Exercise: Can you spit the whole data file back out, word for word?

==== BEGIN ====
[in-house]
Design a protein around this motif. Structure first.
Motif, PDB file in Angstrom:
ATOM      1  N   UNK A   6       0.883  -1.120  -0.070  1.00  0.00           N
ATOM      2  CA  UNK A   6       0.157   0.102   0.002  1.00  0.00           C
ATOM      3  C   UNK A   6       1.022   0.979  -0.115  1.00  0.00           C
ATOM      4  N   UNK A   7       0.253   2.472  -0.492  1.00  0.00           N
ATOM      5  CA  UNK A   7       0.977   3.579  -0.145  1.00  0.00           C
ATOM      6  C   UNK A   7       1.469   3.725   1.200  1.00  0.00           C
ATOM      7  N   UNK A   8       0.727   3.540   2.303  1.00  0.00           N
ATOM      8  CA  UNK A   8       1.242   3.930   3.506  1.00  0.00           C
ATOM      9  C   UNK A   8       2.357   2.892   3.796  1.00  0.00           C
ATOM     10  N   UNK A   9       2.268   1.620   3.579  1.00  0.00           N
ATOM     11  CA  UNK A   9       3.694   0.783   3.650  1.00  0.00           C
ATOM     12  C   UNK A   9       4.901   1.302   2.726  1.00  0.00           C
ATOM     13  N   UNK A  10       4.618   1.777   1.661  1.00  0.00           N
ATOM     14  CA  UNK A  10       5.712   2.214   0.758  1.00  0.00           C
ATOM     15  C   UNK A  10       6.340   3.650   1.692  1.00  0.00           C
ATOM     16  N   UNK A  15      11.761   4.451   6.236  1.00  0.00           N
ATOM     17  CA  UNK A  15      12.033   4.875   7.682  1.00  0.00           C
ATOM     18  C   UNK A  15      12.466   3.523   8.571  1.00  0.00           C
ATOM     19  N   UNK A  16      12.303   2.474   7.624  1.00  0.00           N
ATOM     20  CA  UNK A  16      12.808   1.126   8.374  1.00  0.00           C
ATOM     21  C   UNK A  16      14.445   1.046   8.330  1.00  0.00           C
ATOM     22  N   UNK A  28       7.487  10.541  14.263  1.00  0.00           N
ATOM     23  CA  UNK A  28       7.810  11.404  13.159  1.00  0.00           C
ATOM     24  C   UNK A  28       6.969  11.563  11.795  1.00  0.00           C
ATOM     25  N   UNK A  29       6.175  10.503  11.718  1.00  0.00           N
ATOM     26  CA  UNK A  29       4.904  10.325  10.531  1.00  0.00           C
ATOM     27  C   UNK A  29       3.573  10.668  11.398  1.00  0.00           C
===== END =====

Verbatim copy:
[in-house]
Design a protein around this motif. Structure first.
Motif, PDB file in Angstrom:
ATOM      1  N   UNK A   6       0.883  -1.120  -0.070  1.00  0.00           N
ATOM      2  CA  UNK A   6       0.157   0.102   0.002  1.00  0.00           C
ATOM      3  C   UNK A   6       1.022   0.979  -0.115  1.00  0.00           C
ATOM      4  N   UNK A   7       0.253   2.472  -0.492  1.00  0.00           N
ATOM      5  CA  UNK A   7       0.977   3.579  -0.145  1.00  0.00           C
ATOM      6  C   UNK A   7       1.469   3.725   1.200  1.00  0.00           C
ATOM      7  N   UNK A   8       0.727   3.540   2.303  1.00  0.00           N
ATOM      8  CA  UNK A   8       1.242   3.930   3.506  1.00  0.00           C
ATOM      9  C   UNK A   8       2.357   2.892   3.796  1.00  0.00           C
ATOM     10  N   UNK A   9       2.268   1.620   3.579  1.00  0.00           N
ATOM     11  CA  UNK A   9       3.694   0.783   3.650  1.00  0.00           C
ATOM     12  C   UNK A   9       4.901   1.302   2.726  1.00  0.00           C
ATOM     13  N   UNK A  10       4.618   1.777   1.661  1.00  0.00           N
ATOM     14  CA  UNK A  10       5.712   2.214   0.758  1.00  0.00           C
ATOM     15  C   UNK A  10       6.340   3.650   1.692  1.00  0.00           C
ATOM     16  N   UNK A  15      11.761   4.451   6.236  1.00  0.00           N
ATOM     17  CA  UNK A  15      12.033   4.875   7.682  1.00  0.00           C
ATOM     18  C   UNK A  15      12.466   3.523   8.571  1.00  0.00           C
ATOM     19  N   UNK A  16      12.303   2.474   7.624  1.00  0.00           N
ATOM     20  CA  UNK A  16      12.808   1.126   8.374  1.00  0.00           C
ATOM     21  C   UNK A  16      14.445   1.046   8.330  1.00  0.00           C
ATOM     22  N   UNK A  28       7.487  10.541  14.263  1.00  0.00           N
ATOM     23  CA  UNK A  28       7.810  11.404  13.159  1.00  0.00           C
ATOM     24  C   UNK A  28       6.969  11.563  11.795  1.00  0.00           C
ATOM     25  N   UNK A  29       6.175  10.503  11.718  1.00  0.00           N
ATOM     26  CA  UNK A  29       4.904  10.325  10.531  1.00  0.00           C
ATOM     27  C   UNK A  29       3.573  10.668  11.398  1.00  0.00           C